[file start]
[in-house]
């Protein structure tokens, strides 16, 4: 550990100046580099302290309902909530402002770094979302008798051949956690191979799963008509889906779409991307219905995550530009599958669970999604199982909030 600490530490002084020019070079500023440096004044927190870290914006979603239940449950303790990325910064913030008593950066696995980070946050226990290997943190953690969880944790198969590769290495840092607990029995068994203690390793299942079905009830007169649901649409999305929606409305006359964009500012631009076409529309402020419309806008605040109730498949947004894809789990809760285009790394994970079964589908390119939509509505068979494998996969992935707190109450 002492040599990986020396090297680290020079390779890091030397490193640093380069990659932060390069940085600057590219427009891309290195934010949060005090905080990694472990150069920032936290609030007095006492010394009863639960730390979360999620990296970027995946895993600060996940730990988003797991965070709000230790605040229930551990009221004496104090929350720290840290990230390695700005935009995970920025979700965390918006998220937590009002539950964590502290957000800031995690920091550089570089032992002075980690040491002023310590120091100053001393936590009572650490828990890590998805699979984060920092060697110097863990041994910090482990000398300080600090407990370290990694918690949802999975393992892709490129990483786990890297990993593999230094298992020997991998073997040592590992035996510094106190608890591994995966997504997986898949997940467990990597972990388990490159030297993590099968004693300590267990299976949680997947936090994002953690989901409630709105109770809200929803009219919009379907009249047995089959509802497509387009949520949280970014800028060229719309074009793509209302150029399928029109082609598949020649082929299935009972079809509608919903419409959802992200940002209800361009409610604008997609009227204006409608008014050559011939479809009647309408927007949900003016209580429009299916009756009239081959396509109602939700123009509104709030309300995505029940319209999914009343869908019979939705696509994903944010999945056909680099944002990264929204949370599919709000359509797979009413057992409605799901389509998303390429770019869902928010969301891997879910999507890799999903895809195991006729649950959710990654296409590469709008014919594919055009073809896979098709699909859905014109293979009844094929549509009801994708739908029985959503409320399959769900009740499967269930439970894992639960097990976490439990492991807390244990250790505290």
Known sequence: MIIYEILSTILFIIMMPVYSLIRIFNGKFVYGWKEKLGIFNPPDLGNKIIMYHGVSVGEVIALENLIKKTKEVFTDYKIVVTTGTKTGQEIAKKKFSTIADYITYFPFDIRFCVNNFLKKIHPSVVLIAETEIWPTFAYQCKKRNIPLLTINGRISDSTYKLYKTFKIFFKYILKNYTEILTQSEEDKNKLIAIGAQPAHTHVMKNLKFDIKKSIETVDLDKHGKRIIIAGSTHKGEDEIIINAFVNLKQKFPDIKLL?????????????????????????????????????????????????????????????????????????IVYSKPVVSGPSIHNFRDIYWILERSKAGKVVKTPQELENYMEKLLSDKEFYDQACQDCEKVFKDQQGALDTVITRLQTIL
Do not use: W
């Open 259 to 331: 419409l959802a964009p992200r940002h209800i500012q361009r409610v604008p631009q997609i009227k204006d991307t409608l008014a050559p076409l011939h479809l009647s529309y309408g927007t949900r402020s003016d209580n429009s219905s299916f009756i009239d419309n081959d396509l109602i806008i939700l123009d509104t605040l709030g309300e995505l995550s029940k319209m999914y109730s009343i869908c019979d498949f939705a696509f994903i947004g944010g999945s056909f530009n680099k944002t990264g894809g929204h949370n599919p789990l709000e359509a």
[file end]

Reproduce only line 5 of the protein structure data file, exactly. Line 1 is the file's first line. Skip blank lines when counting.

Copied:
């Open 259 to 331: 419409l959802a964009p992200r940002h209800i500012q361009r409610v604008p631009q997609i009227k204006d991307t409608l008014a050559p076409l011939h479809l009647s529309y309408g927007t949900r402020s003016d209580n429009s219905s299916f009756i009239d419309n081959d396509l109602i806008i939700l123009d509104t605040l709030g309300e995505l995550s029940k319209m999914y109730s009343i869908c019979d498949f939705a696509f994903i947004g944010g999945s056909f530009n680099k944002t990264g894809g929204h949370n599919p789990l709000e359509a």